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Challenges and Feasibility of Applying Reasoning and DecisionMaking for a Lifeguard Undertaking a Rescue Research | OMICS International| Abstract
ISSN: 1522-4821

International Journal of Emergency Mental Health and Human Resilience
Open Access

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  • Research Article   
  • Int J Emerg Ment Health 2017, Vol 19(4): 379
  • DOI: 10.4172/1522-4821.1000379

Challenges and Feasibility of Applying Reasoning and DecisionMaking for a Lifeguard Undertaking a Rescue Research

David Szpilman1*, Billy Doyle2, Jenny Smith3, Rachel Griffiths4 and Mike Tipton5
1Medical Director of Brazilian Life Saving Society – SOBRASA, Study Center - Civil Defense –, , Rio de Janeiro City, Brazil
2Senior Lifeguard Piha Lifeguard Service, , New Zealand
3Senior Lecturer and Chartered Psychologist, University of Chichester, UK
4Communication Director, Aquatic Safety Research Group, , USA
5Human & Applied Physiology, Extreme Environments Laboratory, Department of Sport And Exercise Science, University of Portsmouth, UK
*Corresponding Author : David Szpilman, Medical Director of Brazilian Life Saving Society – SOBRASA, Study Center - Civil Defense –, Rio De Janeiro City, Brazil, Email: [email protected]

Received Date: Jan 01, 1970 / Accepted Date: Jan 01, 1970 / Published Date: Jan 05, 2018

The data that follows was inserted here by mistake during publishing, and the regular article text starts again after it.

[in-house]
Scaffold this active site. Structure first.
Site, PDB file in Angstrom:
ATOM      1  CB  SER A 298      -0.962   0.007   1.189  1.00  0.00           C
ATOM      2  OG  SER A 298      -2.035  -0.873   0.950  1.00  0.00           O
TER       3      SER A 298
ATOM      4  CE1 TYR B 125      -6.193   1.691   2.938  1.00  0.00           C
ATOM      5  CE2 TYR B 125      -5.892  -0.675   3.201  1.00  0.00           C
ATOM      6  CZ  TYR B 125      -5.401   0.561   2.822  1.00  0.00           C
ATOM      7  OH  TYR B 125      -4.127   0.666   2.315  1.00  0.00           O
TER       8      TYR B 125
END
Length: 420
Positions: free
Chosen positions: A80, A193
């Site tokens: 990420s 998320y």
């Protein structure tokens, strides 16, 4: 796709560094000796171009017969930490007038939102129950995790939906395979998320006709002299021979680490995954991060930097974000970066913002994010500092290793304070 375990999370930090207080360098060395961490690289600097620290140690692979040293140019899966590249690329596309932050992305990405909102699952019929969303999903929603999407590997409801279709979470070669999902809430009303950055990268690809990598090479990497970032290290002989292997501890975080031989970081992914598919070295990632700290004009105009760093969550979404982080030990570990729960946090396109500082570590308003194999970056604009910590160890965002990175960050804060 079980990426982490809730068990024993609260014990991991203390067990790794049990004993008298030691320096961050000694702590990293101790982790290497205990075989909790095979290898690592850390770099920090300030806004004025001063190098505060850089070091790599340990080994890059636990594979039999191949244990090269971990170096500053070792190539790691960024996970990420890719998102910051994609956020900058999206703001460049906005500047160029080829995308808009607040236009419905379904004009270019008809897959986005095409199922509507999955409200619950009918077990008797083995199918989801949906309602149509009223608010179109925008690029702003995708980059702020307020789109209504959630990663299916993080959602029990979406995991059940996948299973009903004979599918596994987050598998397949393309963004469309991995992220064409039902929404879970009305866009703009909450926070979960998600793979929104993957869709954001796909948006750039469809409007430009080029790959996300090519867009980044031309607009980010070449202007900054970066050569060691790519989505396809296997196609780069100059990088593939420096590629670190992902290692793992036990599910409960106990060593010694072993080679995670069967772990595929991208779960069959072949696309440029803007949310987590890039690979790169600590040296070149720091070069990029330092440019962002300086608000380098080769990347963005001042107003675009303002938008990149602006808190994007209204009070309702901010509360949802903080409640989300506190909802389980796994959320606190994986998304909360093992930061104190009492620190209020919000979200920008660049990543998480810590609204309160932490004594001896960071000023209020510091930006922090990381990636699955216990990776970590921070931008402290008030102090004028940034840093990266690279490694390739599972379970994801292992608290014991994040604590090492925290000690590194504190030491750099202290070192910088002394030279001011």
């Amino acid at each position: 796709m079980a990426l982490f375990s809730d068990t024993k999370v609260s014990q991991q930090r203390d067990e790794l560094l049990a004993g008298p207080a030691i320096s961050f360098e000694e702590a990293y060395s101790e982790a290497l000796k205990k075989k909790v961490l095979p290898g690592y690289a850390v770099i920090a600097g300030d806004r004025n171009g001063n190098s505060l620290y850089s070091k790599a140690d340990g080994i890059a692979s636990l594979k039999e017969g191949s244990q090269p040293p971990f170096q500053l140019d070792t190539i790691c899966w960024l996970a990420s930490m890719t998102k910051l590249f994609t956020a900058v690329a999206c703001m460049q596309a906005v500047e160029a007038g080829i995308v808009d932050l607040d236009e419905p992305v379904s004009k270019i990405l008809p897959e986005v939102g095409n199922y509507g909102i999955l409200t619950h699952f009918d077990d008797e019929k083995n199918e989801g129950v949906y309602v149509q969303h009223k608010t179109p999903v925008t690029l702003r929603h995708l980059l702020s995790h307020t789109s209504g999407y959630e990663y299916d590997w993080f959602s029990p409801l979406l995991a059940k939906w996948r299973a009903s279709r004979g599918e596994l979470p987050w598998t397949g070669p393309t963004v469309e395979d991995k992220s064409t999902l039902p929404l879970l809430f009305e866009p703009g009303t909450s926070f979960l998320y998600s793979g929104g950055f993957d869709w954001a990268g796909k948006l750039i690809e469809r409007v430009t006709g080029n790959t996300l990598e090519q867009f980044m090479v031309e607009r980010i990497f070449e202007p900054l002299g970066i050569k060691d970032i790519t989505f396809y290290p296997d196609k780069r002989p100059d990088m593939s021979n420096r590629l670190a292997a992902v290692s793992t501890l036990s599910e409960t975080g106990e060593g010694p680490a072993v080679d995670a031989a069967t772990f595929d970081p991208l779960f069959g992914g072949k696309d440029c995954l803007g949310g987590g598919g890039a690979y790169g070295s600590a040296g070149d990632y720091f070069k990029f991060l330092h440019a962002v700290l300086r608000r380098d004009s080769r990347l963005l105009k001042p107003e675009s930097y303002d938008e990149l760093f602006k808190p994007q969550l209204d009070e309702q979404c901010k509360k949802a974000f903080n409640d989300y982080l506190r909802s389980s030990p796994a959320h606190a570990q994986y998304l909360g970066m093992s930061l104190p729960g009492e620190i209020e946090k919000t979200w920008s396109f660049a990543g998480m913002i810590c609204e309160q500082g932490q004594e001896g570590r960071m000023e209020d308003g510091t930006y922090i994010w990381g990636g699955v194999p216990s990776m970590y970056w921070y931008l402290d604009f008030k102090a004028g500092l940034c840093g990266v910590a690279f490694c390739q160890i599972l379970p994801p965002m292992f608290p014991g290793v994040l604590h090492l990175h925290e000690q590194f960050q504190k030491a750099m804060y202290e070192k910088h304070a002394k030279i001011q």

Abstract

In areas where lifeguard services operate, less than 6% of all rescued persons need medical attention and require CPR. In contrast, among areas where no lifeguard services are provided almost 30% require CPR. This difference indicates the importance of the lifeguard is. Lifeguard work requires effective problem identification, diagnostic strategies and management decisions to be made in high-risk environments where time is of the essence. The purpose of this investigation was to assess all variables involved in lifeguard work related to a water rescue, and how the information obtained could inform lifeguard training and therefore performance. Methods: By using the drowning timeline, the authors explored all variables involved in a single rescue event by inviting 12 lifeguards to complete a survey of their professional role using a three-round Delphi survey technique. The total potential number of decisions for each phase and sub-phases, the number of variables, the probability of a single event repeating, the duration of each sub-phase and amount of variables demanded per minute were measured. Each sub-phase was presented as predominantly rational (If less than 1 variable per/min) or intuitive (If more than 1/min). Results: The variables identified in sub-phases were: “preparation to work” (8 variables and 0.0001 variables/min) and “prevent” (22 variables; 0.03 variables/min); these sub-phases were predominately considered to lead to rational decisions. The variables identified during “rescue” (27 variables and 2.7 variables/min) and “first-aid” (7 variables and 1.7 variables) were predominantly considered intuitive processes. Conclusion: This study demonstrates the complexity of a lifeguards’ decision-making process during the quick, physically and mentally stressful moments of rescuing someone. The authors propose better decisionmaking processes can be achieved by reducing the time interval between identification of a problem and making a decision. Understanding this complex mechanism may allow more efficient training resulting in faster and more reliable decision-makers with the overall benefit of more lives saved.

Keywords: Drowning, Prevention, Preparation, Rescue, Mitigation, Decision-making, Reasoning

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